On March 22, 2022, a three-judge appellate panel decided the Atlantic County case of In the Matter of Registrant B.B. The principal issue under N.J.S.A. 2C:7-8 concerned the standard for excluding a Tier II offender’s personal identifiers from the sex offender internet registry.
Judge DeAlmeida wrote for the Appellate Division in relevant part: The trial court recognized the absence of statutory authority for excluding B.B.’s personal identifiers from the Internet Registry. It instead relied on the holding in In re Registrant G.B. (1996), to conclude that it has the authority to exclude a Tier II offender’s personal identifiers from the Internet Registry. In In re G.B., the Court held that “in limited circumstances, expert testimony may be introduced at the judicial hearing in order to establish the existence of unique aspects of a registrant’s offense or character that render the RRAS score suspect.”
The Court continued, if believed, such evidence would lead to the conclusions that the RRAS score does not adequately represent the risk of recidivism for that particular registrant and that, therefore, in such circumstances the scope of notification should be more limited than that indicated by the registrant’s RRAS score and attendant tier classification.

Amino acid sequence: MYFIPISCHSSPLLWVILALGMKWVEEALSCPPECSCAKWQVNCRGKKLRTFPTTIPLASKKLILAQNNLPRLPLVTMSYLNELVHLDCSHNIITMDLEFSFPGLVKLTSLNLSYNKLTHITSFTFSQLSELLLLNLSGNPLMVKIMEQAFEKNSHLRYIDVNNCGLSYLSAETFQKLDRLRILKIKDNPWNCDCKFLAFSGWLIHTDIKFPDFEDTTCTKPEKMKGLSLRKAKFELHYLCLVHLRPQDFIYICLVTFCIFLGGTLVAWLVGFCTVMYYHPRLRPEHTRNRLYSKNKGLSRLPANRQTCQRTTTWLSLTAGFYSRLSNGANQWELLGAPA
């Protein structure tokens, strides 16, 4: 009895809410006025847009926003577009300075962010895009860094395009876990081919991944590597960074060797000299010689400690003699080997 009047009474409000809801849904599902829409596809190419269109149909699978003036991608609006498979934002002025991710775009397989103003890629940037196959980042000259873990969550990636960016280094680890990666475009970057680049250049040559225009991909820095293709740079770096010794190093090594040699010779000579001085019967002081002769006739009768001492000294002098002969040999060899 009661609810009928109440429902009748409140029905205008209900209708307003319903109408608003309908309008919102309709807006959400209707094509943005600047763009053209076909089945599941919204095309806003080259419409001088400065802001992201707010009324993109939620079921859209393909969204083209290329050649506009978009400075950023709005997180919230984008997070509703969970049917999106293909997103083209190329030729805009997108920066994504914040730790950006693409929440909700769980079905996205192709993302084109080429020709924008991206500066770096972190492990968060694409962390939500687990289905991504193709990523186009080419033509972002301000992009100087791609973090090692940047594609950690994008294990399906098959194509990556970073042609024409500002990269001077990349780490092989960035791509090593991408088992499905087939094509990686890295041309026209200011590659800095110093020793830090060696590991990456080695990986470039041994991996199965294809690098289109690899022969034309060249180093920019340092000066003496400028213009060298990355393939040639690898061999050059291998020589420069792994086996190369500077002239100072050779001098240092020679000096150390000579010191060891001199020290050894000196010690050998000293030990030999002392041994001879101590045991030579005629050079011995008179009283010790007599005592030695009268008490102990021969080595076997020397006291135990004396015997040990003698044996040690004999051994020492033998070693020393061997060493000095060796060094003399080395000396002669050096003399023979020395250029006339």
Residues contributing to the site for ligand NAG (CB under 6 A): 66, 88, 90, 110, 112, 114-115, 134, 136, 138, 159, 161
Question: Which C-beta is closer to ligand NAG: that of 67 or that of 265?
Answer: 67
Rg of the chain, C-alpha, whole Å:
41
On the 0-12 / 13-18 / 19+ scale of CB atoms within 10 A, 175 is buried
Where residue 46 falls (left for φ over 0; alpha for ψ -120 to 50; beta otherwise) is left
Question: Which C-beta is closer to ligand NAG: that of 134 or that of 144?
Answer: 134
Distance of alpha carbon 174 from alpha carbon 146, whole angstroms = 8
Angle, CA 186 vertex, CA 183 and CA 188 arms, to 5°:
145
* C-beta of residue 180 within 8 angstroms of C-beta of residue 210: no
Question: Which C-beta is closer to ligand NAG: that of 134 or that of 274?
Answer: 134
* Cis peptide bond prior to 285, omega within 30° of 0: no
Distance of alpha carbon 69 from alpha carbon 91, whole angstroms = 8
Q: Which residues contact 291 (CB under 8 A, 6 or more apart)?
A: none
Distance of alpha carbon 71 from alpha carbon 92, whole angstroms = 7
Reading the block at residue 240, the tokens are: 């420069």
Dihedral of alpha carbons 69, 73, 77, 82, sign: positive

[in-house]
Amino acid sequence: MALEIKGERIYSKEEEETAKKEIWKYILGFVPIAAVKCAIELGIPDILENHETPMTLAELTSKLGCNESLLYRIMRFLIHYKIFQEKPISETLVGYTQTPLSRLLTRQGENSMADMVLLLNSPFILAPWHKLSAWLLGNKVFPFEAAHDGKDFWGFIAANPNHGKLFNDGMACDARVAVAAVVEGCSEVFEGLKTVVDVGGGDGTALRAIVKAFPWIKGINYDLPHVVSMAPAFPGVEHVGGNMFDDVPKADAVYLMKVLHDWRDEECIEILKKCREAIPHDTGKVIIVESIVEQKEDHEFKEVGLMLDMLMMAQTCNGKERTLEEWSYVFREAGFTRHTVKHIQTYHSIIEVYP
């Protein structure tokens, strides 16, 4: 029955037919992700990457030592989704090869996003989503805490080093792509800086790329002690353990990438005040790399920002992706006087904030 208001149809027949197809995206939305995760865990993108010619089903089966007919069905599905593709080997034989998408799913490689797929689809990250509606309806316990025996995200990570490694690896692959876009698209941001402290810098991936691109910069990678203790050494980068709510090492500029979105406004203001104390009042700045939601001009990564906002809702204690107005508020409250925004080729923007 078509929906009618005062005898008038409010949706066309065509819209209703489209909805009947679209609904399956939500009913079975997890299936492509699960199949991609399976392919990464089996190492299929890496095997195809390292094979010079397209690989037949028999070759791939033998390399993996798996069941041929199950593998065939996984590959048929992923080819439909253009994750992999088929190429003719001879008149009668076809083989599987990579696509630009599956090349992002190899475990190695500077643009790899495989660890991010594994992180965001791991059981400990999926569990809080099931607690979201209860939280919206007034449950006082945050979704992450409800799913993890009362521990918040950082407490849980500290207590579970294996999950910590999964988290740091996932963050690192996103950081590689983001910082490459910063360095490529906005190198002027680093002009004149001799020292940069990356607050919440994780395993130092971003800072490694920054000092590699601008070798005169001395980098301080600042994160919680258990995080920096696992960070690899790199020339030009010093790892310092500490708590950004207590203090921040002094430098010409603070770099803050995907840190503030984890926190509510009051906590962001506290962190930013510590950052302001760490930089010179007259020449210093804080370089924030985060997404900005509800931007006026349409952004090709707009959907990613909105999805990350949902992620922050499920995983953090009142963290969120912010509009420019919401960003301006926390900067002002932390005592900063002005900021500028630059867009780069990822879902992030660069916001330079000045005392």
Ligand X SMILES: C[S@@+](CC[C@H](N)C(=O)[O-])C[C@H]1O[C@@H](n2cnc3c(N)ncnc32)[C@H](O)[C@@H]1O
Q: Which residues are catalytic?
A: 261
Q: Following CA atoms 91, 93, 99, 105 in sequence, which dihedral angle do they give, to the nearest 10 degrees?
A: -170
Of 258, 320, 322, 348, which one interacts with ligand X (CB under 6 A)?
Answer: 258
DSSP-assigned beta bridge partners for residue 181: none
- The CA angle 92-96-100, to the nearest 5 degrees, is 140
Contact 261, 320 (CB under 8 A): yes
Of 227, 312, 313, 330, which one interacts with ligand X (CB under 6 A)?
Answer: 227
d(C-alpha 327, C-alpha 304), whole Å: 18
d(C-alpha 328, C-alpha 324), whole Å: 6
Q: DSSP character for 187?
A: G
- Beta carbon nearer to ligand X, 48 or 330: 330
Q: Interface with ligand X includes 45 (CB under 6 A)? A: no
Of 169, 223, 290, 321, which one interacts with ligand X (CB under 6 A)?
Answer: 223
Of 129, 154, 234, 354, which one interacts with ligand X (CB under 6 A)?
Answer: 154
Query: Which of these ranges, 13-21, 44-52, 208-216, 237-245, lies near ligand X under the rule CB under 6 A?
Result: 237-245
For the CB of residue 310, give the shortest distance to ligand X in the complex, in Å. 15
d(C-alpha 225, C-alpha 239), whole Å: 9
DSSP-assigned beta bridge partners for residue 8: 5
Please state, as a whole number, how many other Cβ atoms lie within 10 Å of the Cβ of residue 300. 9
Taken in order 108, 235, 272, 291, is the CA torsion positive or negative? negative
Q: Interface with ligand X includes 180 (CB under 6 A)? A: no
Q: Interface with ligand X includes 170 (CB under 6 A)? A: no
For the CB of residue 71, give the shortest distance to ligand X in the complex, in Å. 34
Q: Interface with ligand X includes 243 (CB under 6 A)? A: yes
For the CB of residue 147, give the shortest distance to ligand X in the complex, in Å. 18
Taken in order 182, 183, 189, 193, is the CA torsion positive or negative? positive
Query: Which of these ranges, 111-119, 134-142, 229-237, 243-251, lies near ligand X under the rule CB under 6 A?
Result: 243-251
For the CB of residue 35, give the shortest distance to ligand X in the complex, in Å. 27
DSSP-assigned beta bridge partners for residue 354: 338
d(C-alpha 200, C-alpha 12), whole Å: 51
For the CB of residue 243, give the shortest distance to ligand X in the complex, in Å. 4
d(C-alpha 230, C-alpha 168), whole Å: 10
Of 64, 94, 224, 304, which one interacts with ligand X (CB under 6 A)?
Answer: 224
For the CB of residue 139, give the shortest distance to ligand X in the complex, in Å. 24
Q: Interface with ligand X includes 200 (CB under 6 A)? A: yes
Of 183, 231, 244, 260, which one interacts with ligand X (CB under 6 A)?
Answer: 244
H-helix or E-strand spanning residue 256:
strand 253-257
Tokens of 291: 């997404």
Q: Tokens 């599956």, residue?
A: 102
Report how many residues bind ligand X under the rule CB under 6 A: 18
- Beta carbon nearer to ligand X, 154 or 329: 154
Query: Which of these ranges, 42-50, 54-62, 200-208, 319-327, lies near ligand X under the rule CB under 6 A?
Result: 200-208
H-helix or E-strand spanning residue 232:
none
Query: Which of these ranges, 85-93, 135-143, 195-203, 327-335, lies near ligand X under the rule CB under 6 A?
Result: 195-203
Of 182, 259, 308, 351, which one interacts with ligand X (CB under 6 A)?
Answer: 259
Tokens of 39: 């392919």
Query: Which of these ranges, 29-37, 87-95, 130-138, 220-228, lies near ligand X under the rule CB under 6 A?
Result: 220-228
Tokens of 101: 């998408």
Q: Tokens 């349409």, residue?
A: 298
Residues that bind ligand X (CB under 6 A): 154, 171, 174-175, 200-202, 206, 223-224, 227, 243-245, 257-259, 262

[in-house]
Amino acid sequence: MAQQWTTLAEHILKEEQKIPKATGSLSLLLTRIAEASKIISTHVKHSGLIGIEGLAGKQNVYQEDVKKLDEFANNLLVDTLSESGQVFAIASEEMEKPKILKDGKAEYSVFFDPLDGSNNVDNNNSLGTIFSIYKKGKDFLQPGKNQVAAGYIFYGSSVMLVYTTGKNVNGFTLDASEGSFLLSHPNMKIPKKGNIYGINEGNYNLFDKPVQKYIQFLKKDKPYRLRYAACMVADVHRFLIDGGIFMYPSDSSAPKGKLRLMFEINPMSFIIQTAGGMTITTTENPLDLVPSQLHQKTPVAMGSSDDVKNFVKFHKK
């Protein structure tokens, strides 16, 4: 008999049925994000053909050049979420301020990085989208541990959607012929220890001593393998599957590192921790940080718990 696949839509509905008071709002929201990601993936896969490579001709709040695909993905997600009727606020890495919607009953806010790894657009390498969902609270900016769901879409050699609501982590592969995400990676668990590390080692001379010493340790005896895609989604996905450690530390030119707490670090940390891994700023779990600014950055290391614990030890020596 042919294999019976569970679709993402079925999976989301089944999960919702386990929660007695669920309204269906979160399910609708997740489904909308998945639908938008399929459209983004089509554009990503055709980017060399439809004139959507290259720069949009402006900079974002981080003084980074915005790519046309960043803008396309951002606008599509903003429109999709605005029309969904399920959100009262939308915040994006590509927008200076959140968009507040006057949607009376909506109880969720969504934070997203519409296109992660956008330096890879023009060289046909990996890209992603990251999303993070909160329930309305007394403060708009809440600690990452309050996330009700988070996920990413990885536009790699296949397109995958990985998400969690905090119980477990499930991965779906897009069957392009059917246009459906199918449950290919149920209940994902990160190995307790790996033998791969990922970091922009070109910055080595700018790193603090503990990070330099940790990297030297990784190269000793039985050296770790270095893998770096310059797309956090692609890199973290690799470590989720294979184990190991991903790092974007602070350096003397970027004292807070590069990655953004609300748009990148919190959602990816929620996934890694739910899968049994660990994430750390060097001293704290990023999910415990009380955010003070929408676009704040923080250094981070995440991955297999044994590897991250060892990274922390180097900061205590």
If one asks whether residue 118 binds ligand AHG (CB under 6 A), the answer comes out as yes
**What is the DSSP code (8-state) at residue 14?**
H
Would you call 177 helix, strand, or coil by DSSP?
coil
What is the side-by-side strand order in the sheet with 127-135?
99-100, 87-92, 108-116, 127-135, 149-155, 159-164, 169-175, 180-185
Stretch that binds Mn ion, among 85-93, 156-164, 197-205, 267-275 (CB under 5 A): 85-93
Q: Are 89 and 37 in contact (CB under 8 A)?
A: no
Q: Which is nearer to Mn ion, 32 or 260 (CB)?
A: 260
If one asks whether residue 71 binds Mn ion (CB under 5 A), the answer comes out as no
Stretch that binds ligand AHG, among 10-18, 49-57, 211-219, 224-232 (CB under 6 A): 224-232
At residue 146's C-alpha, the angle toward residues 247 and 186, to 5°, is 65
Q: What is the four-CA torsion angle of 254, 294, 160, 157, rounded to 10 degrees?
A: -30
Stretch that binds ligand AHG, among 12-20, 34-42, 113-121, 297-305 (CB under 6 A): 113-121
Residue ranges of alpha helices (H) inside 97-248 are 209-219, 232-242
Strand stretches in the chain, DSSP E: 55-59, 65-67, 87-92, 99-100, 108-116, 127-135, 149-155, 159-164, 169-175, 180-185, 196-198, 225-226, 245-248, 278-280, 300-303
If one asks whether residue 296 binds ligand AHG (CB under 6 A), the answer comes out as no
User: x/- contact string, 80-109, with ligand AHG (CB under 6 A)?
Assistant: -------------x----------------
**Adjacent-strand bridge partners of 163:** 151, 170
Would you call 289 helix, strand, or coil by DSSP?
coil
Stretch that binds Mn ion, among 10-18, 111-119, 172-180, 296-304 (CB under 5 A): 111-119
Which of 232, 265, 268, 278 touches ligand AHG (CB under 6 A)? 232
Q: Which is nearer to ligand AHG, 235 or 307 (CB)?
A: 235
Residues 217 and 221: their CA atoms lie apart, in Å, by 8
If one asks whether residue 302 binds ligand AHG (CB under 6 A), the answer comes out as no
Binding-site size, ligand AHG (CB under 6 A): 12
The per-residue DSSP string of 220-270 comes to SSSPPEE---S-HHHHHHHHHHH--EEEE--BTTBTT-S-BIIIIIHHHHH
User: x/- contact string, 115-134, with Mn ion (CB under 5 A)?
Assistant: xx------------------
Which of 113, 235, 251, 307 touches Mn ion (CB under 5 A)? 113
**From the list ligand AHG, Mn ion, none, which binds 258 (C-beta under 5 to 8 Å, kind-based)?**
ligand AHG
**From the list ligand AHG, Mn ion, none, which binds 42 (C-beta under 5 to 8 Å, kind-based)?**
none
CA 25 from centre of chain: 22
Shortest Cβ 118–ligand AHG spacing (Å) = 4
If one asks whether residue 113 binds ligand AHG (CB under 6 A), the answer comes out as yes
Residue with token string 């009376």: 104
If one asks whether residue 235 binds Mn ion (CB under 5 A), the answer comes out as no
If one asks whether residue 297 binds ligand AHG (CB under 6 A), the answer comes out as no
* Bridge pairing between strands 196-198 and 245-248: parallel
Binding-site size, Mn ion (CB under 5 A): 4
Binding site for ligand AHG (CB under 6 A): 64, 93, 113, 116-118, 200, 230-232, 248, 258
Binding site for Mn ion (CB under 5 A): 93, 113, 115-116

Thus, at a tier designation hearing, “a registrant may introduce evidence that the extent of notification called for by his tier categorization is excessive because of unique aspects of his case.” The Court noted that “we foresee few cases in which such a challenge will be successful. However, in the unusual case, facts may exist that warrant a narrowing of the notification (or, perhaps, even the expansion of notification).” “We also conclude, in respect of the scope of notification, that the variable factors should contribute, perhaps through expert testimony, to narrow tailoring of community notification to each registrant’s individualized situation.”
“RRAS” stands for Registrant Risk Assessment Scale. A similar scale exists with regard to pre-trial detention recommendations. The pre-trial detention decision scale contains scores from 1 to 6 that predict the likelihood that (1) the defendant will fail to appear in court and (2) the likelihood s/he will commit a new offense if released.